B To challenge social mores
C To record the footprints of one's life
D To adorn oneself
Tattoo was believed to be created ______.
A together with biker gangs and rock 'n' roll bands
B in 1991 when a mummy was discovered
C firstly in Southeast Asia by 2,000 B．C．
D by Egyptians and Nubians
In Japan, tattoos were accepted as ______.
A a means of ornament
B a symbol of magical power
C a way of communication
D a sign of success
Which of the following statement is true according to the passage?
A Both China and Japan confined tattooing to marking criminals.
B Romans used tattoos for decoration.
C Sailors took tattoos as the gift for their friends and relatives.
D Tattoo parlors were usually found in downtown areas.
Why did tattoos become associated with rebels and delinquents in New York?
A Because in the middle of the 19th century, criminals were usually tattooed by the government.
B Because sailors had tattoos and some of the sailors were guilty of some crime or another.
C Because tattoos were the marks for the members of certain organizations.
D Because Port authorities required the sailors to wear tattoos.
Three weeks ago, a story we published put us in the middle of a controversy. It was hardly the first time that has happened, but this instance suggested an opportunity for more than usual colloquy in the letters pages. So for this occasion and others like it, we have revived a section of TIME called Forum, which begins on page 28, concerns our cover subject this week—the Nation of Islam and its leader, Louis Parrakhan.
The decision to pursue an in-depth investigation of this subject was prompted by the anti-Semitic and otherwise racist speech that Farrakhan's aide, Khallid Muhammad, gave at Kean College in New Jersey. The story was newsworthy in large part because it came just as some mainstream black groups were attempting to form a constructive alliance with Farrakhan and the Nation of Islam. News of the speech loosed a flash flood of reportage and commentary on the subject, and at that time we began the kind of weeks-long investigation a cover story like this one requires. At the same time, we published an article on one telling aspect of the larger story: the fact that some black leaders were offended when whites called on them to denounce racism in other black leaders while seeming to ignore offensive remarks by whites—as, for example, Senator Ernest Hoolings, who had some time before made a supposedly joking reference to an African delegation as cannibals. The larger issue was that blacks feel they should be presumed to abhor anti-Semitism and other forms of racism without having to say no, and that they resent the attempt by whites to script their views, behavior or alliances.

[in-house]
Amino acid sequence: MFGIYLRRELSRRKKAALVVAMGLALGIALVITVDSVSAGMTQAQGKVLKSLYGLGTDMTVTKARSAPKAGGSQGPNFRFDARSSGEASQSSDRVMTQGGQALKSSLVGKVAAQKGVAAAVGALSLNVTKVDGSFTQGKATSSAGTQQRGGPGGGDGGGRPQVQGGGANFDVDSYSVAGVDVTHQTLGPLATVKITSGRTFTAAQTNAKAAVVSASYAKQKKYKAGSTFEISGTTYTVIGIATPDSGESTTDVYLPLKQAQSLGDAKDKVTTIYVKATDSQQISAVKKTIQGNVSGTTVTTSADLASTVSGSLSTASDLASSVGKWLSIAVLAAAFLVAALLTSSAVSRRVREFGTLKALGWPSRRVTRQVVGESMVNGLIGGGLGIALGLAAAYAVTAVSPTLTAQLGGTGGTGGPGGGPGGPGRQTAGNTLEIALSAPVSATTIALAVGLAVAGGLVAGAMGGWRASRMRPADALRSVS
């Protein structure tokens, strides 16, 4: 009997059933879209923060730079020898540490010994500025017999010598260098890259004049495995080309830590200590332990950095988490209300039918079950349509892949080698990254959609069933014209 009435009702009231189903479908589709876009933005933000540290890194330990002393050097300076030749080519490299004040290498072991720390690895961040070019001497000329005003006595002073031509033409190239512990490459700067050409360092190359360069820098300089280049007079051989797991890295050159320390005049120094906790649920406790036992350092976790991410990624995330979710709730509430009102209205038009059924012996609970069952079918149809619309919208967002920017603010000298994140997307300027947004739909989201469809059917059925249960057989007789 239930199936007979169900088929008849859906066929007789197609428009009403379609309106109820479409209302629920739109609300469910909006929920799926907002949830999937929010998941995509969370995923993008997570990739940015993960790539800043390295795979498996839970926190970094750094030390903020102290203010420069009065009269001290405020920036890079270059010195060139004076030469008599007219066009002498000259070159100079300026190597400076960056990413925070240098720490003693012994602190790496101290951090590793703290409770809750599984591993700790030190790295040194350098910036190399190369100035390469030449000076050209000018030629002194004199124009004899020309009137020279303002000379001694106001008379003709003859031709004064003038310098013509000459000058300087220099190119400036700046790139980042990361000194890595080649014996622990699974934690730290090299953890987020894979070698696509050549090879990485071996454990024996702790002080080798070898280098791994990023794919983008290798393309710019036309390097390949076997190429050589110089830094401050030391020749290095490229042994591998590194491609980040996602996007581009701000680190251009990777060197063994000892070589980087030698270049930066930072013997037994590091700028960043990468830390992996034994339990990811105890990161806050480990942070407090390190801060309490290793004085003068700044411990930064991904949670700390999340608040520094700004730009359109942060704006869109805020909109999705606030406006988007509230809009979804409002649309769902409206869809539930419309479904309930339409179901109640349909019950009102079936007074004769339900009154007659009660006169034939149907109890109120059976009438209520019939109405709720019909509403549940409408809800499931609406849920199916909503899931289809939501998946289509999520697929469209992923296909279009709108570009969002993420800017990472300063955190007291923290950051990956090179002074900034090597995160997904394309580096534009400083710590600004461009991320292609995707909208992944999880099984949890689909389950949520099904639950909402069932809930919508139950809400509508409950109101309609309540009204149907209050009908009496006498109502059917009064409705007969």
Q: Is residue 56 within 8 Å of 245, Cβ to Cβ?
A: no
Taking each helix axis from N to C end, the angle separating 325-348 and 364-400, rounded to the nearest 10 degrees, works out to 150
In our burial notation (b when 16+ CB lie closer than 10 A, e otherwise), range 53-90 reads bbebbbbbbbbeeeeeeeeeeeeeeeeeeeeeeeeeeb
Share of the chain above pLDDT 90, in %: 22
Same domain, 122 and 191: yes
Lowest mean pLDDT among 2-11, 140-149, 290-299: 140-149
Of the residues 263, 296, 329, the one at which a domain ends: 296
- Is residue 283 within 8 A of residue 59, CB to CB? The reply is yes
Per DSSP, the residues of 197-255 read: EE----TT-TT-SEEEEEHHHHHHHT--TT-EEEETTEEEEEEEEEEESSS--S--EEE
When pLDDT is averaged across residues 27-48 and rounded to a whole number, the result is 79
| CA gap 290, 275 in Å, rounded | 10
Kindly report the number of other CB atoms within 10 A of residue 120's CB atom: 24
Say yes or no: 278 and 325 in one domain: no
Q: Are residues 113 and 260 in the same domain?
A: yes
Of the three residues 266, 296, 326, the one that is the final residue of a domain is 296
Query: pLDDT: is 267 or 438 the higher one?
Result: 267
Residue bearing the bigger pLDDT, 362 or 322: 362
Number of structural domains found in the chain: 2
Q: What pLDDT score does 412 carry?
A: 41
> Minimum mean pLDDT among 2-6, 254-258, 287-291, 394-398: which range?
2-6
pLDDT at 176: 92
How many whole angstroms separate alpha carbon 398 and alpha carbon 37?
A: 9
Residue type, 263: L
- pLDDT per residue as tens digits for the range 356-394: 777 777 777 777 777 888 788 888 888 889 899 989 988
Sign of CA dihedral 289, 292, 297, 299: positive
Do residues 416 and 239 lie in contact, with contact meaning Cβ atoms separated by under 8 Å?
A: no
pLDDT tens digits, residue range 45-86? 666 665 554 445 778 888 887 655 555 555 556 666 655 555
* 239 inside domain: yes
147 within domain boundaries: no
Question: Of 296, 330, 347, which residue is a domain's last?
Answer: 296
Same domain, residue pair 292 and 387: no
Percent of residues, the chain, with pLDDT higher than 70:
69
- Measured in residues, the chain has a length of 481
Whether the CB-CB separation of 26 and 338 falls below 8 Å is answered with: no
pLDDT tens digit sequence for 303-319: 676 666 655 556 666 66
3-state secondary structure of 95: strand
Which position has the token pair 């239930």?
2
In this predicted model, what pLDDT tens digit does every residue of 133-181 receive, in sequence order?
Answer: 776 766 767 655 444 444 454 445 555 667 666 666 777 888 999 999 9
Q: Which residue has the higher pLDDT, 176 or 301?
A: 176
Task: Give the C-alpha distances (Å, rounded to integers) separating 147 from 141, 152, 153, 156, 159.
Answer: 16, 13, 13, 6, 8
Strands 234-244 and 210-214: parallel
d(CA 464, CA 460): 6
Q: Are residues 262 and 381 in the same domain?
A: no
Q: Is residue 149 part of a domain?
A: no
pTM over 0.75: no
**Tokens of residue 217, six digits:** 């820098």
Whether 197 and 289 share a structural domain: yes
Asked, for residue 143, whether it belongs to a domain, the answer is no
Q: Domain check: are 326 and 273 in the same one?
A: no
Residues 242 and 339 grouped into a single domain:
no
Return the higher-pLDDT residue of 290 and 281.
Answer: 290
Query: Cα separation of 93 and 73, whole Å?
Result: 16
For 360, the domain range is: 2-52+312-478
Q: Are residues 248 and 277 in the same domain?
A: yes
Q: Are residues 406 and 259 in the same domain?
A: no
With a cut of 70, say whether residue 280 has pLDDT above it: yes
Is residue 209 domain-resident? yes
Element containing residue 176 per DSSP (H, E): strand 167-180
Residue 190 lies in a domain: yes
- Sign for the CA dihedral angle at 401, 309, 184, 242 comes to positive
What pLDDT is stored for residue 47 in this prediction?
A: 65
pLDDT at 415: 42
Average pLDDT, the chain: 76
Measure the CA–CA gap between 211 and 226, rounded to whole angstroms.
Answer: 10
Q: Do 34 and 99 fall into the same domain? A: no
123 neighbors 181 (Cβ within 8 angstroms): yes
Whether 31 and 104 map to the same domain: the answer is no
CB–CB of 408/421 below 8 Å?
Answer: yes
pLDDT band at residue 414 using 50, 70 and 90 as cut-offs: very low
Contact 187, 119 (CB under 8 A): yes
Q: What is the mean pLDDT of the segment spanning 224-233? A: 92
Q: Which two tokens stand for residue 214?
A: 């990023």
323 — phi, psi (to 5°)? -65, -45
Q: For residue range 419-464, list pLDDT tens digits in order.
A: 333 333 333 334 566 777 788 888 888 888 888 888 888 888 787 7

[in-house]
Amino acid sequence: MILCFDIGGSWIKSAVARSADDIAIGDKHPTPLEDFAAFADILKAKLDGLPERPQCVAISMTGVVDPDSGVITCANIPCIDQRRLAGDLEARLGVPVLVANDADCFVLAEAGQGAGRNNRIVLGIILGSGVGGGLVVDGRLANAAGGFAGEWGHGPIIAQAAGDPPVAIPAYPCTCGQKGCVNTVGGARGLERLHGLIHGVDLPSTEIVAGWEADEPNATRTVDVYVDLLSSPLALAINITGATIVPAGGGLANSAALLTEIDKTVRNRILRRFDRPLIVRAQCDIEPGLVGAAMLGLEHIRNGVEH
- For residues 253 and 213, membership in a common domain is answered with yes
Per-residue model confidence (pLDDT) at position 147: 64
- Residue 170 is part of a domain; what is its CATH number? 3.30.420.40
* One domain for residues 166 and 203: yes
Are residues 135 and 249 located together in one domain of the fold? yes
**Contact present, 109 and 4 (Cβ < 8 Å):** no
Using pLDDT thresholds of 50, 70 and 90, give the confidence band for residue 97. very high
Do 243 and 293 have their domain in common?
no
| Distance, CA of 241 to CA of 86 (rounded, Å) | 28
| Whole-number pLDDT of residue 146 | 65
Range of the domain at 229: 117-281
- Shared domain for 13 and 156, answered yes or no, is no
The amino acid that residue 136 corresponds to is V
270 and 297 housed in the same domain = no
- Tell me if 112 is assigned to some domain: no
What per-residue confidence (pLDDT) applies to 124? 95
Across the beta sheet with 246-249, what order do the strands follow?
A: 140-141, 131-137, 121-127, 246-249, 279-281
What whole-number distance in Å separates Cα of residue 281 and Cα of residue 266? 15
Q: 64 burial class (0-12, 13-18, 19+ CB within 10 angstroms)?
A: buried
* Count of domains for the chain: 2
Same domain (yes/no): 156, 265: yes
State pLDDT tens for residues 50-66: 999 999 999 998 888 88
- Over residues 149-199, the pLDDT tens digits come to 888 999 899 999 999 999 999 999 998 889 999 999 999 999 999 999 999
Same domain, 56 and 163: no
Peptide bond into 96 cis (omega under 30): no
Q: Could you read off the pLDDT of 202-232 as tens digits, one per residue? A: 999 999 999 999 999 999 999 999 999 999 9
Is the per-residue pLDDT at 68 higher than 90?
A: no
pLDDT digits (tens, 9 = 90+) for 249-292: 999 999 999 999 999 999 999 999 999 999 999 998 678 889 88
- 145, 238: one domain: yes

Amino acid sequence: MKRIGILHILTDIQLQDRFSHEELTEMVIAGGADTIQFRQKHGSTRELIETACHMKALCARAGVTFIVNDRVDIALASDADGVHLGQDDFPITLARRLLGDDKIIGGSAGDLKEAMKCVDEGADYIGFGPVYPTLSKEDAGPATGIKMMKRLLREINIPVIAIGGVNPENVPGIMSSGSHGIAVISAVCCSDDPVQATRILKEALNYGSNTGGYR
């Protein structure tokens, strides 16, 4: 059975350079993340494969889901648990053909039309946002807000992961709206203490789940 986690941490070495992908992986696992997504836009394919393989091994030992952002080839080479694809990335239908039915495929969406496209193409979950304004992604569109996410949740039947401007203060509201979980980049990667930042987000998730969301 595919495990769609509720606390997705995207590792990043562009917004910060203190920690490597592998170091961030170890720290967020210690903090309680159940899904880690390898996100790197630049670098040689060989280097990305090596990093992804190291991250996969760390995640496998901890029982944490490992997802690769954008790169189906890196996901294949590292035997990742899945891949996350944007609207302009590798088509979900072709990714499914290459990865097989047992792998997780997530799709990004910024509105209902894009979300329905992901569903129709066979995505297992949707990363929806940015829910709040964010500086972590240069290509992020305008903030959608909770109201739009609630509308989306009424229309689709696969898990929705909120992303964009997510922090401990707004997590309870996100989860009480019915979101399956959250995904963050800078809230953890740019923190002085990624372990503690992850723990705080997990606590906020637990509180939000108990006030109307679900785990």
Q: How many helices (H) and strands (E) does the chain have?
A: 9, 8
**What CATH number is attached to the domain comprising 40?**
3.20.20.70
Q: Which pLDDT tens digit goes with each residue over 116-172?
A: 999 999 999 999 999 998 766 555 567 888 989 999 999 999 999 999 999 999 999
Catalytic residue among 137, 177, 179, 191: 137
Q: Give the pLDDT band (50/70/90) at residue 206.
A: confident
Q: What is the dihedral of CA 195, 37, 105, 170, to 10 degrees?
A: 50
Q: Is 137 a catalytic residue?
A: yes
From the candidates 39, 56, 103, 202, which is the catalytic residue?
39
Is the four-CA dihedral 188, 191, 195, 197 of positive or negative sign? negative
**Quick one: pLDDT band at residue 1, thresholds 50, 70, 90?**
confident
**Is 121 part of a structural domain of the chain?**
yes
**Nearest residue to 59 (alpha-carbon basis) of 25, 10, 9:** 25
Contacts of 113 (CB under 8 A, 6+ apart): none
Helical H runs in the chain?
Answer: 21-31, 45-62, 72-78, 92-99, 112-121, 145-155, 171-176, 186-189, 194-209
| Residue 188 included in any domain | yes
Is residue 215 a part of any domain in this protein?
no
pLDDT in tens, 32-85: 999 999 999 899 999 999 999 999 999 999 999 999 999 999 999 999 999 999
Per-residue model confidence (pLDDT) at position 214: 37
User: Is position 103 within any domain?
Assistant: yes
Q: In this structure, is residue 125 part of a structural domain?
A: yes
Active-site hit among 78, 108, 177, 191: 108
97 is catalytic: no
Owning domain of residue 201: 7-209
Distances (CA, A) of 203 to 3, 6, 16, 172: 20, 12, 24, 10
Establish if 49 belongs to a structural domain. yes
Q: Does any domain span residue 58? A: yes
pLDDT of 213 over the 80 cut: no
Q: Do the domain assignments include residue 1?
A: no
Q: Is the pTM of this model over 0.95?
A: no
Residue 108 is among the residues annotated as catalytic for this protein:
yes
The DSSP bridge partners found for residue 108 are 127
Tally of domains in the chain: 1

The story raised interesting and important points, and it clearly struck a nerve. The reaction was instantaneous and strong, most of it coming from white and Jewish readers. Some argued that our story was opinion masquerading as fact. Some people, both white and black, said that crediting white pressure for the denunciations of Farrakhan was condescending, that it deprived black leaders of credit for what was simply principled behavior. Some readers also felt that to concentrate on this issue was to minimize or downplay the virulence of Muhammad's speech. And there was a general view among our critics that no amount of good works by the Nation of Islam could justify any black leader's toleration of, not to mention alliance with, such a racist organization:
The issues raised by the story's critics are important. Still, tiffs much must be said: Muhammad's speech was wholly disreputable and vile, and I believe our story made that clear. Our focus, however, was not on black racism but on the perception of a subtle form of white racism—the sense among some back leaders that, as the story put it, "some whites feel a need to make all black leaders speak out whenever one black says something stupid." That this feeling of grievance exists is net just TIMEs opinion. It is fact.
We can infer that the author of the article is ______.
A a reader
B a critic
C a racist
D editor of TIME
The purpose of TIME FORUM is ______.
A to present opinions on issues of importance
B to carry views on present issues